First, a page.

Yesterday, Illinois Corn spent the day chatting with youth from all over our state at the IFB Youth Conference in Springfield.  They were excited to hear about our partnership with the Normal Cornbelter’s baseball team and the FFA day we’re planning during ag week in July.  (Would you like to be in the know when we make this date announcement?  “Like” us on Facebook!)  Some were interested in our internship opportunities because, even though they were only high school juniors, they were already thinking about their futures.   And many didn’t have a clue what the Illinois Corn Marketing Board was.

Despite our name, the Illinois Corn Marketing Board doesn’t market anything.  The Board manages the 3/8 of a cent checkoff that Illinois farmers pay per bushel and invests in opening and maintaining markets for Illinois corn among other things like funding public education and research projects.  I was surprised, but that was the number one question during our afternoon with 400 Illinois FFA students.

The day was a fun time to reconnect with the future of agriculture.  I look forward to seeing many of these students again on our FFA Day at the Corn Crib and probably in a few years as Illinois Corn interns! 

Becky Finfrock
ICGA/ICMB Communications Assistant


When asked to discuss an informational blog that will intrigue readers “Food For Thought” came to consideration. This blog educates consumers about the misconceptions agriculturists face and answers any questions viewers may have.

Food For Thought will provide consumers with answers about where their food comes from by empowering agriculturalists, informing consumers, and confronting myths about modern agriculture through innovative and effective methods.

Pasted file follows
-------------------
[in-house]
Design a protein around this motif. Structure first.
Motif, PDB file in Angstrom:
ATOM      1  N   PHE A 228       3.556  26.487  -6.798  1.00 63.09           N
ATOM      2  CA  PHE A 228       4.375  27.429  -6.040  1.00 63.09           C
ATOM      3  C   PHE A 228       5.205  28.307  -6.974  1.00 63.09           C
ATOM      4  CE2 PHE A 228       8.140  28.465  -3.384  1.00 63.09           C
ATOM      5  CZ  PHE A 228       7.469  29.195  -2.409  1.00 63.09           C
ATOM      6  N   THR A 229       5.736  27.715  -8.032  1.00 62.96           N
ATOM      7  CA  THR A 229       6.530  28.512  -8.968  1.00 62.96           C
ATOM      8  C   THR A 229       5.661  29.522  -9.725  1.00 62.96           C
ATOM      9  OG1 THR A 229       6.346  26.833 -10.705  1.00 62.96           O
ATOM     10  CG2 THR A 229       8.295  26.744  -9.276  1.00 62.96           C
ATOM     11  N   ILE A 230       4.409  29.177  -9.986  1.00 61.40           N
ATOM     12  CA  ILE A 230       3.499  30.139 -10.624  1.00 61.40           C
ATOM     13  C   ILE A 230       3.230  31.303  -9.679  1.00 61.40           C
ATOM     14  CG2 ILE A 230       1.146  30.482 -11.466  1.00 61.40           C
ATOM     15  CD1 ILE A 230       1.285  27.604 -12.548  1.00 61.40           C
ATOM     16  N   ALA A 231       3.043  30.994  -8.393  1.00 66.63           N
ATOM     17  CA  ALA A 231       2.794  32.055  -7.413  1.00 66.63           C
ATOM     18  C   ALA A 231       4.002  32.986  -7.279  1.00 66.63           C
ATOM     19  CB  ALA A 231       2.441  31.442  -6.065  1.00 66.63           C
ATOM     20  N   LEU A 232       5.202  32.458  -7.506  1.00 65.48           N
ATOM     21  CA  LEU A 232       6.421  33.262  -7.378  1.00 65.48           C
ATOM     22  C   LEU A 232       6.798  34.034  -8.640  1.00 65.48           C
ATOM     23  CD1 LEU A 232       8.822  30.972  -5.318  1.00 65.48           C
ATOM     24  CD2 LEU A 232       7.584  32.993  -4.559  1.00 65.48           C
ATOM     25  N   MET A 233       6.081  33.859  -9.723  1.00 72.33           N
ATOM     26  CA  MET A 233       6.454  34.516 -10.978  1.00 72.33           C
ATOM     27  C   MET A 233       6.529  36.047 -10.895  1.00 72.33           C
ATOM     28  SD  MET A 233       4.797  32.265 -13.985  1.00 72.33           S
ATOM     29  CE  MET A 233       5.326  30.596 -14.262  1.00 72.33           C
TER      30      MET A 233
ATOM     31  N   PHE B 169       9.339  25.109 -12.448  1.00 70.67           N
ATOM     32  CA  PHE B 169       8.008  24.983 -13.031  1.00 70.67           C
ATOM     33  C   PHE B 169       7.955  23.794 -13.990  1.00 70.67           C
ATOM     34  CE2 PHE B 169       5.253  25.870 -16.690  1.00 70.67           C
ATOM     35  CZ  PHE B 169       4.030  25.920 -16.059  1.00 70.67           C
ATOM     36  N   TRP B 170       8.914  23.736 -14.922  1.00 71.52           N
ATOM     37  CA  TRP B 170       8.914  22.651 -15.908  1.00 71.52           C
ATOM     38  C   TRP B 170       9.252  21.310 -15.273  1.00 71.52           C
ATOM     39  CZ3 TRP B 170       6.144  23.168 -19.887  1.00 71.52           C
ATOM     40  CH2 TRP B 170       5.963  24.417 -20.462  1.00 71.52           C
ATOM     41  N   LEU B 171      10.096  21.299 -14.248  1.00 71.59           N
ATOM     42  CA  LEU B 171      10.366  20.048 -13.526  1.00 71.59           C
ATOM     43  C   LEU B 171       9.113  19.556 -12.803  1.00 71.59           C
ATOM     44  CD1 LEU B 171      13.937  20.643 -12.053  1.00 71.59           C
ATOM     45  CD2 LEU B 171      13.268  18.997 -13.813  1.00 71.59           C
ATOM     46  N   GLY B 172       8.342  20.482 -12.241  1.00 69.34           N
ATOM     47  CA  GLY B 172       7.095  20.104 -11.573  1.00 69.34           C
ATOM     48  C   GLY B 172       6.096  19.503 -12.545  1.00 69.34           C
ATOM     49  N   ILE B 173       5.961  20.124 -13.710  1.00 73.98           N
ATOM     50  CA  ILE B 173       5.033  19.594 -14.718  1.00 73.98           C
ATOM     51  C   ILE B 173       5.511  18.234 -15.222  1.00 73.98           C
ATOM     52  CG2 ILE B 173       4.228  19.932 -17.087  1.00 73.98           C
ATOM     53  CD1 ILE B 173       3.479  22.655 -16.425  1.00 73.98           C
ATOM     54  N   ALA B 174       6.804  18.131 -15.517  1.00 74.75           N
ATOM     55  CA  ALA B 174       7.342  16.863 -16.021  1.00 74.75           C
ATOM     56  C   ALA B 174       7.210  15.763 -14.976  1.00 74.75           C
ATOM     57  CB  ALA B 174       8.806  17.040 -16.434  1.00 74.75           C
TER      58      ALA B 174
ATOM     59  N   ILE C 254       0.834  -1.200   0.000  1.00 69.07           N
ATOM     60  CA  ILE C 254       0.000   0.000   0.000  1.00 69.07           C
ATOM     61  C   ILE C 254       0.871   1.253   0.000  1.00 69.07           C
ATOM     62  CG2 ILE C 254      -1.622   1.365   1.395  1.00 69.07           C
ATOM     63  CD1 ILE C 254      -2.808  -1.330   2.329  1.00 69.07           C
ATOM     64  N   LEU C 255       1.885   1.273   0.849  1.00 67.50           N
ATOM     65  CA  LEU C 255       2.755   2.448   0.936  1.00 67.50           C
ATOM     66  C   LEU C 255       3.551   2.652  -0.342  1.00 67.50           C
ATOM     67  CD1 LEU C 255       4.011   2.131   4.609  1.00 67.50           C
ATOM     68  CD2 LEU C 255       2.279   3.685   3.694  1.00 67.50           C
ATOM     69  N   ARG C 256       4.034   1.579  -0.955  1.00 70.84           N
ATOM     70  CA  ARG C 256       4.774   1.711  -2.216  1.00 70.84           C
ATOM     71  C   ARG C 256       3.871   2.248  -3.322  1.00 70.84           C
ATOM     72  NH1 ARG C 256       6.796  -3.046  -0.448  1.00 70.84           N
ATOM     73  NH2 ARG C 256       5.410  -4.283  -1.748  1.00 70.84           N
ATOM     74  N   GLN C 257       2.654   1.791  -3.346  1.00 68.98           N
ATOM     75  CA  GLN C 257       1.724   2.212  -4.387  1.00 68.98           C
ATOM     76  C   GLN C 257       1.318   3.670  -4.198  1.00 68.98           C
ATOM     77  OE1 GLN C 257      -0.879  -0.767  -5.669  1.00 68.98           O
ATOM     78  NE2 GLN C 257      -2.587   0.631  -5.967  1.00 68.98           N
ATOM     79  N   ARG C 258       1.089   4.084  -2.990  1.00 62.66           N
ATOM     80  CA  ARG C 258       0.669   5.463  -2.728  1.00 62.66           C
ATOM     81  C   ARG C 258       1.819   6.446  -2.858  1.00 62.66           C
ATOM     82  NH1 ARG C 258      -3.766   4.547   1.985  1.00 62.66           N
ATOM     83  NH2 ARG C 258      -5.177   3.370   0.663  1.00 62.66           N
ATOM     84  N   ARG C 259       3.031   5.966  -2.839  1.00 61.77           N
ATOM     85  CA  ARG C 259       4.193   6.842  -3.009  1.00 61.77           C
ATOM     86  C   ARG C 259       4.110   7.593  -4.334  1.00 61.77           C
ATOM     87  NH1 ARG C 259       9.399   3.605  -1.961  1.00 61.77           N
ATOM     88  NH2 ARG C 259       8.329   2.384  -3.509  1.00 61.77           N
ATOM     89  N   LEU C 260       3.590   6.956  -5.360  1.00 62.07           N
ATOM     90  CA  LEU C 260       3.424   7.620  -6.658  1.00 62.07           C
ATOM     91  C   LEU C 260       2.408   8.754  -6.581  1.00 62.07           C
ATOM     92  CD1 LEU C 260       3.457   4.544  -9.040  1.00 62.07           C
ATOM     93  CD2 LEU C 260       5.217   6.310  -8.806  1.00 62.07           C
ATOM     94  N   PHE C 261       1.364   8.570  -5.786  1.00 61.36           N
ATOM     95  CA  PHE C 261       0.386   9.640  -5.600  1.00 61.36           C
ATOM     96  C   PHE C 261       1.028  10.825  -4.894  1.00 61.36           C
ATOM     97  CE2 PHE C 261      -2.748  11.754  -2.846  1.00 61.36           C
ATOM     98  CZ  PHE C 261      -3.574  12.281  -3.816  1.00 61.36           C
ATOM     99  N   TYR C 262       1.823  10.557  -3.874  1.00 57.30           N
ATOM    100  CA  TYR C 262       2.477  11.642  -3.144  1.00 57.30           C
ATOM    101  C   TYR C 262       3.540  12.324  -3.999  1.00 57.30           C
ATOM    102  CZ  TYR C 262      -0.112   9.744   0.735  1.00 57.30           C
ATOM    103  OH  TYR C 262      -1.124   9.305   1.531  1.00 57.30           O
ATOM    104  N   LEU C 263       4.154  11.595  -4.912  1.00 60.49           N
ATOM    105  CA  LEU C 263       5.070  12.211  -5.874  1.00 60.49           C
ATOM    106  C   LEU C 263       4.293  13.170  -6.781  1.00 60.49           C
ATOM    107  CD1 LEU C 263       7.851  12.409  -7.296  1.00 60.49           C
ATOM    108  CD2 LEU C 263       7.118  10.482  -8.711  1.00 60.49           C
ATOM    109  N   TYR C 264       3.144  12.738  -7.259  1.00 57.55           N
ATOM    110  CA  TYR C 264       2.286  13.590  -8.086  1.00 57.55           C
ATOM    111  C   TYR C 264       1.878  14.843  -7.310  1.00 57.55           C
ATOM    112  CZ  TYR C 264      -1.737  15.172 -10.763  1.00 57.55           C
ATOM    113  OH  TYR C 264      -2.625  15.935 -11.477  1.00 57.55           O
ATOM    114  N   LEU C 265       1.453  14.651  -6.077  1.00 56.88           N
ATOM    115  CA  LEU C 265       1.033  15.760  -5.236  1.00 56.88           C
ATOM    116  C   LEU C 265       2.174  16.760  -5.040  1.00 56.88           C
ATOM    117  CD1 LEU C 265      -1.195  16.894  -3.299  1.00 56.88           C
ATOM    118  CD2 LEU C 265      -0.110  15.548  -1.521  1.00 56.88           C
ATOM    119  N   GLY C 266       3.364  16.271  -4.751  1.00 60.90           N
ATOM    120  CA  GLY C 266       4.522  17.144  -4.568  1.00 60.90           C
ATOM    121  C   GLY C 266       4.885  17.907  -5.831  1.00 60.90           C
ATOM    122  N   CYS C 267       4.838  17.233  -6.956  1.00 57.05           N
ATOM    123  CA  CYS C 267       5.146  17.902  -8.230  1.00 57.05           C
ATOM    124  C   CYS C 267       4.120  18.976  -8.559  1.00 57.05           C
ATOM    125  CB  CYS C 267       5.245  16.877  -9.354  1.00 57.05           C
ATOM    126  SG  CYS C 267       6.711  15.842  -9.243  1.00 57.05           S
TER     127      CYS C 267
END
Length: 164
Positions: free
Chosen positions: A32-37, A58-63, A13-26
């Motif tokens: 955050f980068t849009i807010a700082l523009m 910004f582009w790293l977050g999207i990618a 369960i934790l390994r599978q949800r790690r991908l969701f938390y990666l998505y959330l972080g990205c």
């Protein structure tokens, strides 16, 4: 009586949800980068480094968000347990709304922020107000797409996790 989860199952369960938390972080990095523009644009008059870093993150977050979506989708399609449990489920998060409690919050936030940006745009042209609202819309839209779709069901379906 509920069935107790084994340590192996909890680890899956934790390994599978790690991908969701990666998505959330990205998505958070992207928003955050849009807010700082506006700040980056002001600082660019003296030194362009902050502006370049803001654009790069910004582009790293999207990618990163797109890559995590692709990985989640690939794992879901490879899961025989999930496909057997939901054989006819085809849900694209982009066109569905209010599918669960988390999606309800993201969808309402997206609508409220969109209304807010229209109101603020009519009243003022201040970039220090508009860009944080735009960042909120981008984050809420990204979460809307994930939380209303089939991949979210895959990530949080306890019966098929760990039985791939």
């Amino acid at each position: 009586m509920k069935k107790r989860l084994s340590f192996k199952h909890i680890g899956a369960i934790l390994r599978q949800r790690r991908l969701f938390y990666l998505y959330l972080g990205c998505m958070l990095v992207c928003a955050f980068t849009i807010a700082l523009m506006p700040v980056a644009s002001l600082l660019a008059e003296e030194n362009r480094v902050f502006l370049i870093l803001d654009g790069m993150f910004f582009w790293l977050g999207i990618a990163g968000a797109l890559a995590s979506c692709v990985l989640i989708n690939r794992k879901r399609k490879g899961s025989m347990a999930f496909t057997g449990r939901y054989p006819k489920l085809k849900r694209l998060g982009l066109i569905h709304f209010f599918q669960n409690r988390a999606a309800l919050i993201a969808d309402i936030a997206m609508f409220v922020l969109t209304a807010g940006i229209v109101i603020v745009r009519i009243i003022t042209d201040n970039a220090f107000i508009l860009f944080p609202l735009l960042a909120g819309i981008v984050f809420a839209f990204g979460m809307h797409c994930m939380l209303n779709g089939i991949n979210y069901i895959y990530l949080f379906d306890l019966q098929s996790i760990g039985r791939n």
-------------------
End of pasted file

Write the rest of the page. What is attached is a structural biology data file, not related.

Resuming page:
The blog has been very effective for myself and has educated me in many areas that I am not knowledgeable on. Being from a city atmosphere, and not having the peers to enhance my knowledge on agriculture, Food For Thought has answered many of my questions.

Food For Thought is striving to connect producers and consumers together, therefore, giving them the right information and decreasing the misconceptions consumers have about our farmers. Social media is the number one way to reach out to anyone in society today, the agriculture youth is teaching farmers about finding their voice and spreading information to peers. By updating the blog daily and increasing their fans this will help consumers discover more of the right information. Once one person hears a piece of information, it is viral, and eventually everyone will know.

Food For Thought is growing and deserves to be recognized for its incredible information the blog shares to the public. A main priority for our farmers is to explain to the misconceived people the right facts and statistics in order to better promote their reputation.

Megan Moore
ISU Student